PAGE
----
Drive the back road. Notice the beauty. Find novelty in the mundane. The digital age was supposed to slow things down for us. Instead, it has sped everything up. It has put a premium on efficiency. Efficiency is great, but it is a poor master. Our souls were not made to find the fastest, easiest, and most convenient way to do everything. Take your time. Breathe deep. Refuse to allow life to speed you up.
I’m not suggesting an avoidance of technology, but we must make it our servant instead of our master. We cannot go with the flow, because the flow will lead us into a digital existence where our connections to our world and each other are superficial at best. Use technology to create income, to spread a message, to shed light on worthy information and events, then put it away. Live your life in the real world with real people. That’s where you’ll find meaning.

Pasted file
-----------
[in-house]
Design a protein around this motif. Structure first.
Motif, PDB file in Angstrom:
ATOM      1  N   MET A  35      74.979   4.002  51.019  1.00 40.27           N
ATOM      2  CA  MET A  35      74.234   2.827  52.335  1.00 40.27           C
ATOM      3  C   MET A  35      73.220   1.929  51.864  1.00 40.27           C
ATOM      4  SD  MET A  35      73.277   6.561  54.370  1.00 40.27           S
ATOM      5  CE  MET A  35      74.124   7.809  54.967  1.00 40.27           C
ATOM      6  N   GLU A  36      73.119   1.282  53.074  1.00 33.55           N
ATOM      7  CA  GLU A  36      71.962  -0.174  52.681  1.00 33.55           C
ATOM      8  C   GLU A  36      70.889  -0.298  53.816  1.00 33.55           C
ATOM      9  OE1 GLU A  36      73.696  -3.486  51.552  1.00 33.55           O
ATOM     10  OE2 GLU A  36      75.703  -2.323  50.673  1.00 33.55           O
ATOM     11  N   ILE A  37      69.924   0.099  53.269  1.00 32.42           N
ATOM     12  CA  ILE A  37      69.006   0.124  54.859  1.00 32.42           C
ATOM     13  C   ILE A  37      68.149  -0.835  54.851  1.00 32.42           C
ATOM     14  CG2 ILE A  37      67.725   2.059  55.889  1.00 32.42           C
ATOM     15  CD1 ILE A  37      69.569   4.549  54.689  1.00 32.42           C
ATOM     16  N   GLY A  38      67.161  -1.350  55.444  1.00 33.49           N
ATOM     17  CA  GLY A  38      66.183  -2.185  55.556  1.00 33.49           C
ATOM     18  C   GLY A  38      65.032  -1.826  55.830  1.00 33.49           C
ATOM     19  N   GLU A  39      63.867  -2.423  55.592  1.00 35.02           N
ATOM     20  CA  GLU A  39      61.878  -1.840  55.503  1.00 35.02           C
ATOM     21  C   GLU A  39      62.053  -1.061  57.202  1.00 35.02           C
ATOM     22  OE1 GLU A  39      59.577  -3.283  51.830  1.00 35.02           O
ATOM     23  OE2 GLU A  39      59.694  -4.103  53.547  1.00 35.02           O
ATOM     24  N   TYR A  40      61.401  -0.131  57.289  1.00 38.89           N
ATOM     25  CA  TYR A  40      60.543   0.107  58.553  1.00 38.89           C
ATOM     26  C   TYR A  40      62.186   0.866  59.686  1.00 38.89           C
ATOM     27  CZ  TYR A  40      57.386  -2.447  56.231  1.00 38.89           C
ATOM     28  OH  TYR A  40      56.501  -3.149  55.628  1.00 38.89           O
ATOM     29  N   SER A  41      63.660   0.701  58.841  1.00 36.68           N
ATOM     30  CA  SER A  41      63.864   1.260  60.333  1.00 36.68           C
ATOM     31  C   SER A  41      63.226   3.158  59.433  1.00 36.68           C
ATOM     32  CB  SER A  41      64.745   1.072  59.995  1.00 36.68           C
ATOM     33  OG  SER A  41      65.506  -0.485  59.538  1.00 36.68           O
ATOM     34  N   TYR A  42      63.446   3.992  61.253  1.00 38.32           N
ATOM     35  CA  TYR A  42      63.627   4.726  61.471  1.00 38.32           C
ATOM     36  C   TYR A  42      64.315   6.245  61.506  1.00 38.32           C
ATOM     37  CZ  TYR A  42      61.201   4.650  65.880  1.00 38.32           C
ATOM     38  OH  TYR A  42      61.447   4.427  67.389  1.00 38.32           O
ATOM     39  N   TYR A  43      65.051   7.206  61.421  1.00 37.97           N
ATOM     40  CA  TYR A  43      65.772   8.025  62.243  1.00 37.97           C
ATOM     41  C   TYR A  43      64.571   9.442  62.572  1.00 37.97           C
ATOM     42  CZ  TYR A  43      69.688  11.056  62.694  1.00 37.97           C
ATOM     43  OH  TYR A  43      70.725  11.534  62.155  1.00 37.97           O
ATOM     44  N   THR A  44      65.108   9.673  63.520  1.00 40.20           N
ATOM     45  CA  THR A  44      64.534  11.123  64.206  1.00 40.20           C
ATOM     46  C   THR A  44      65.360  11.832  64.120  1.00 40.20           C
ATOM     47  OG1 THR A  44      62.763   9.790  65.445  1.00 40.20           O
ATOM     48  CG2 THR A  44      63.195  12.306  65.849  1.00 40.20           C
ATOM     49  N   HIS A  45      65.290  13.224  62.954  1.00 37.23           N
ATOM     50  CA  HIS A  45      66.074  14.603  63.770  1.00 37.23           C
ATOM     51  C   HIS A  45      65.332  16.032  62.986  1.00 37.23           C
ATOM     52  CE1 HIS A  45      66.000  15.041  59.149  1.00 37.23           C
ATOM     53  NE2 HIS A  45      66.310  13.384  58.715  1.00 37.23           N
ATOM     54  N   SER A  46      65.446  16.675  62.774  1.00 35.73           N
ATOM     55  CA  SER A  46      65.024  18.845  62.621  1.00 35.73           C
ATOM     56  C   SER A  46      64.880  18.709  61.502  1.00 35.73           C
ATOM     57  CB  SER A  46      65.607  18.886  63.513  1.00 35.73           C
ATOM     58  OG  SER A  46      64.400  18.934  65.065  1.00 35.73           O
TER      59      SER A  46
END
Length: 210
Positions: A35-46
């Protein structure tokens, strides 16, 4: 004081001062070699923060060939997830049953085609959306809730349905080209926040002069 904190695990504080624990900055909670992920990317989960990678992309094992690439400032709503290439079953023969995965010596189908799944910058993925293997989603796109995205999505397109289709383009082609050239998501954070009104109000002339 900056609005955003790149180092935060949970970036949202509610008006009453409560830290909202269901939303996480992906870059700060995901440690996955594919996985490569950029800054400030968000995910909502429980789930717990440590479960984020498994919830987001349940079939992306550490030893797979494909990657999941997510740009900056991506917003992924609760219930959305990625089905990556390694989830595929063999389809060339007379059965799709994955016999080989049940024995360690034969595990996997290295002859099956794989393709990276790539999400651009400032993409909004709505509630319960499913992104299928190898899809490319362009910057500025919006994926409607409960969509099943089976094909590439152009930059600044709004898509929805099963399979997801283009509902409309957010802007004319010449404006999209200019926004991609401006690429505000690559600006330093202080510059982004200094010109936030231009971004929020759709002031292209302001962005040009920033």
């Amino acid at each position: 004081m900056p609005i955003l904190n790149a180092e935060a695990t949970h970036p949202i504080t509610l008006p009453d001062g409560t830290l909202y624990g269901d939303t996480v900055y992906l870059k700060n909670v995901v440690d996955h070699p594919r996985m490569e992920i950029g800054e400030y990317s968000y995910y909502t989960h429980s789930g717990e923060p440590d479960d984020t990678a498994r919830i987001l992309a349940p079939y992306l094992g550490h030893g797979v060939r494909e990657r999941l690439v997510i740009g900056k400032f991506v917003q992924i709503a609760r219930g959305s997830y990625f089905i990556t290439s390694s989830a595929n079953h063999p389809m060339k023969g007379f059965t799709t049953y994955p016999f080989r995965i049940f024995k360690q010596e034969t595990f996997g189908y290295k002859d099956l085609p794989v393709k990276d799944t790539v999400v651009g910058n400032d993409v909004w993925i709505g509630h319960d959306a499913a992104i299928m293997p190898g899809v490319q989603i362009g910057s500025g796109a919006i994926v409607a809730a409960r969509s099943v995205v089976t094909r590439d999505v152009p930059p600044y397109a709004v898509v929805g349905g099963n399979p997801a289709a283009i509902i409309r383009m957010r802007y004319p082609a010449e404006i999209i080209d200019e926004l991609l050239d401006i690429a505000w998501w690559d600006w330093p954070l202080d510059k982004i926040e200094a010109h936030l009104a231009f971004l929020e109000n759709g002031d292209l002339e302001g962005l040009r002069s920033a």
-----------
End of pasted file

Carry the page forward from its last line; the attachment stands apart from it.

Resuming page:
We’ve tried the digital life. It leads to isolation, anxiety, depression, radicalization, racial/political/religious divides, mass shootings, and suicide. We need to find meaning. Stop arguing with people on social media about politics. Get outside with your friends and neighbors and do something productive. You’ll be a happier man, and the world will be a better place. This is the man’s life.
Because men everywhere need encouragement and direction, our message needs to be spread far and wide. I’d really appreciate it if you’d use the buttons below to share this article on social media. Together, we can help men find a better life experience. When men thrive, families and communities thrive. I hope you’ll join me. Godspeed.